3. I don’t know Shalom, but I have had the pleasure of being entertained by “Yisrael Medad.”

    Try as he might, however, Yisrael will never do more than entertain. He certainly will never impress anyone with his “writings” (or his -lol- “MA seminar”).

    Chaim’s post, because it attempted to acknowledge Yisrael’s basic humanity (a challenge for anyone who has followed Medad’s rabid (comic) quest for Palestinian blood), seems to have calmed Yisrael long enough for him to type out a few conciliatory (self-promotional) words.

    Amusing to see “Yisrael, Social Climber” rather than the usual “Yisrael, Settler Thug.”

    Encore, encore.

  4. Judas,

    a) I have “entertained” you? Good. Either pay or at least clap?

    b) “Yisrael will never do more than entertain”
    Bet you I can do more.

    c) ” (or his -lol- “MA seminar”).” Actually I got a 90 in that, “השתקפות הזר בשירתו של אצ”ג
    for Prof. Ella Belfer. Go on, ask her.

    c) I have no “humanity”? but you do because you describe me as having a “rabid (comic) quest for Palestinian blood” – ah, am I a dog (Atzag would just love that imagery – Haim knows what I mean as I doubt you do)

    d) “a few conciliatory (self-promotional) words”? hey, I am a blogger. You, you can’t even identify yourself publicly – an inferiority complex? embarassed to through slurs around like that?

    e) “Yisrael, Settler Thug.” tsk, tsk.

    f) “Encore, encore.” just you wait.

    p.s. Judas, can I borrow 30 pieces of whatever?

  5. Tamar– Sorry I didn’t get around to answering your query until now. When I refer to Darwish as a Zionist poet, that’s of course meant ironically. As I said in my original post, his major themes are the same ones that many Zionist poets addressed, and they grow out of a sense of displacement and of a home/exile dichotomy that is part of both the Jewish and the Palestinian experience. Furthermore, Darwish was very conscious of these parallels.

  6. I am not sure I know how to answer Haim Watzman but I’ll just let a few thoughts flow .First, I not only appreciate Haim’s writing , I appreciate the kind of service he did for Israel in his army service. He showed committment courage, and responsible judgment over and above what most of us are capable of.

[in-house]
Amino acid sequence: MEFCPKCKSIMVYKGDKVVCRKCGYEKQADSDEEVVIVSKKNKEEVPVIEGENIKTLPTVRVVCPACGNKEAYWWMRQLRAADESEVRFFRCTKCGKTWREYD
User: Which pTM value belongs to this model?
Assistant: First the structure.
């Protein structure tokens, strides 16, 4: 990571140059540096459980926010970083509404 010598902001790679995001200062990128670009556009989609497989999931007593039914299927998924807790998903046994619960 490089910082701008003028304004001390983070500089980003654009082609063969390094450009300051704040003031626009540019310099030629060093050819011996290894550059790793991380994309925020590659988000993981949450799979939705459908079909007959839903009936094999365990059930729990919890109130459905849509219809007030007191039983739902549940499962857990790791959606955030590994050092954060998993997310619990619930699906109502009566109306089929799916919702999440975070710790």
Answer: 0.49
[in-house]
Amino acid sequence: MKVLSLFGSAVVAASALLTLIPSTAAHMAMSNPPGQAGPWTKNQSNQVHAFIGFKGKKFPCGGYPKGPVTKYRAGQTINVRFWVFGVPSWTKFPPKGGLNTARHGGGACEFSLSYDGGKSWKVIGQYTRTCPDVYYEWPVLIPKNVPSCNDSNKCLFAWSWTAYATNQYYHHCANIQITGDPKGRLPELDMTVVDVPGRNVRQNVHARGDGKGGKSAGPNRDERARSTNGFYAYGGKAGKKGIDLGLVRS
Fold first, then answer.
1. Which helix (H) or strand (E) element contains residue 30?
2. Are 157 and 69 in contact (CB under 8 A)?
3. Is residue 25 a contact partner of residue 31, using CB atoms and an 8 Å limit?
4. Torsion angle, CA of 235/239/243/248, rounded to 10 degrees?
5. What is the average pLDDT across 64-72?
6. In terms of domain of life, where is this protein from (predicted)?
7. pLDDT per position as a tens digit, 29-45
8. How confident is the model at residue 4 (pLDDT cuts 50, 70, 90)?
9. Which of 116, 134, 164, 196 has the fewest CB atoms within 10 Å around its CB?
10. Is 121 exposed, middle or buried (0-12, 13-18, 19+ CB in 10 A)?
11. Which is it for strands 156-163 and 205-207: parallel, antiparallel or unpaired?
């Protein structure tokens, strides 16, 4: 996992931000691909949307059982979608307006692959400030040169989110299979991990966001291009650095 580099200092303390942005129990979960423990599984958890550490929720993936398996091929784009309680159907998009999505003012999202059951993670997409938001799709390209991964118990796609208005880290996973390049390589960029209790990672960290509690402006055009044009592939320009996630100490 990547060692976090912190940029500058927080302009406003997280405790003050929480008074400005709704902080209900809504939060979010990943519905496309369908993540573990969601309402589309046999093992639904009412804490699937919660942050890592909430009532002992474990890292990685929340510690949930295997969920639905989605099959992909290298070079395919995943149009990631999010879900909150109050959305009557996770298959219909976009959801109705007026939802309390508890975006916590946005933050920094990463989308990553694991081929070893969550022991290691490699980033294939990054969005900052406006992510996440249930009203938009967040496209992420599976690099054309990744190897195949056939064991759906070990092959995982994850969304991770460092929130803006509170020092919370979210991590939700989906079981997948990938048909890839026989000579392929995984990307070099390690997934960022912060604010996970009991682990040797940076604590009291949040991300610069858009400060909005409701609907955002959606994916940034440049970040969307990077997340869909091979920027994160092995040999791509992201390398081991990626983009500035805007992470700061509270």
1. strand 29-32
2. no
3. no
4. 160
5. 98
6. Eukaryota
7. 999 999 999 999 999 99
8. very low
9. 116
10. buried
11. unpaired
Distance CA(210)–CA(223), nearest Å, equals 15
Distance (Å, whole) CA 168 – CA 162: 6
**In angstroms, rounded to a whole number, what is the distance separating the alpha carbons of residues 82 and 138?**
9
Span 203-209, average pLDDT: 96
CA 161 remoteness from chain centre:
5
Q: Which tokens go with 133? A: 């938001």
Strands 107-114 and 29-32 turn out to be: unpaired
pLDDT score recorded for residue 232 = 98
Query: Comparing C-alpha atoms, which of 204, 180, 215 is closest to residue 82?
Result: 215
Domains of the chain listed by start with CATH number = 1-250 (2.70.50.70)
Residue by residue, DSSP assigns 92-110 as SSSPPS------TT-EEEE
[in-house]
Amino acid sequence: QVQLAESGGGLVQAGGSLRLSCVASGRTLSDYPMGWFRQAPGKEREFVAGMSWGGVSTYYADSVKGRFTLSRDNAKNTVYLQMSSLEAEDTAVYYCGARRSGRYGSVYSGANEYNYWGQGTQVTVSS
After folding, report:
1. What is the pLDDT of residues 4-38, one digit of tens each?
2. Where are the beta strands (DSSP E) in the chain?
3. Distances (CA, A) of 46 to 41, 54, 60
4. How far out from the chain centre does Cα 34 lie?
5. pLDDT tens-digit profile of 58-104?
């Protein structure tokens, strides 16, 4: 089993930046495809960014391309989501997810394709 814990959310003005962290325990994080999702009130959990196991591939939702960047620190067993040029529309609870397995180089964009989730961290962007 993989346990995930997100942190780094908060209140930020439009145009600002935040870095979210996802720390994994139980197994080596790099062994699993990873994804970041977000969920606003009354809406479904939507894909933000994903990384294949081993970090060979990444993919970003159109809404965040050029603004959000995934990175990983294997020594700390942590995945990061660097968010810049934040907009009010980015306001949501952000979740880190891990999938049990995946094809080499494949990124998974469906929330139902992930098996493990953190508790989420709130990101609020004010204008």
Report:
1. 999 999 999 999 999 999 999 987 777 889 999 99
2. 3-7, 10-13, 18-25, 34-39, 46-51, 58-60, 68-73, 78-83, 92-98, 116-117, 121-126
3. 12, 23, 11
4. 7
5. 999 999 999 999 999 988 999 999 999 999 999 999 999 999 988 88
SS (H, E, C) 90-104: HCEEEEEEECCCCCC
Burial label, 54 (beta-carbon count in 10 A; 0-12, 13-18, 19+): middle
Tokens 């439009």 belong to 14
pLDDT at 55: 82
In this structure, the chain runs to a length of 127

I also understand the complex relation between a writer’s declared positions, and their occasional extreme expressions. I too know how writers can be misued by a cause. Neitzsche and the Nazis is a key example, though of course there was ‘smoke’ in the Superman concept.
    My objection is not to someone, anyone reading Darwish , or liking and praising his poetry- or sympathizing with the Palestinians. That is not my objection. My objection is to that very well- known, perhaps most well- known poem of his in which he sends those stranger Jews packing. Again the underlying theme of Palestinian Arab rejection of the Jews, and Arafat reiterated this in rejecting Barak’s offer, is that the Jews have no real historical connection with the land.
    One more point. There are certain outstanding even great cultural figures I simply will not allow myself to take aesthetic enjoyment from. Whether this is an aesthetic or moral judgment is a real question. But Wagner is not for me and Celine is not for me.
    There are certain ‘pleasures’ it is possible to live without.

  7. Shalom Freedman, have you ever stopped to wonder why “that” poem is so well-known in Israel? Compared to Darwish’s many other poems, say, Identity Card, is it similarly (in)famous among Palestinians? I don’t know, but I strongly suspect that each side picks and elevates to “perhaps most well-known” status those texts that resound most strongly with them. In that sense, may I suggest that “Those Who Pass Between Fleeting Words” reflects more acutely Israeli fears than Palestinian aspirations?
    Haim Gouri in his eulogy (http://www.haaretz.com/hasen/spages/1011812.html) recounts Darwish commenting on the poem to Tom Segev: “Haim Gouri sometimes writes bad poems, too.”

    Arafat’s rejection of Barak’s “Generous Offer”, aka The New And Improved Allon Plan (Every PM Should Have One, I can hear Olmert saying) had nothing to do with the Palestinians’ alleged rejection of historical Jewish ties to the land. It had everything to do with the plan being unacceptable on its merits.

  8. Fiddler, if you are correct, then the same goes for Uri Tzvi Greenberg. Of course, if Darwish was the “national poet laureate” of “Palestine” I am guessing that that poem too is right up there with his “best” examples of writing.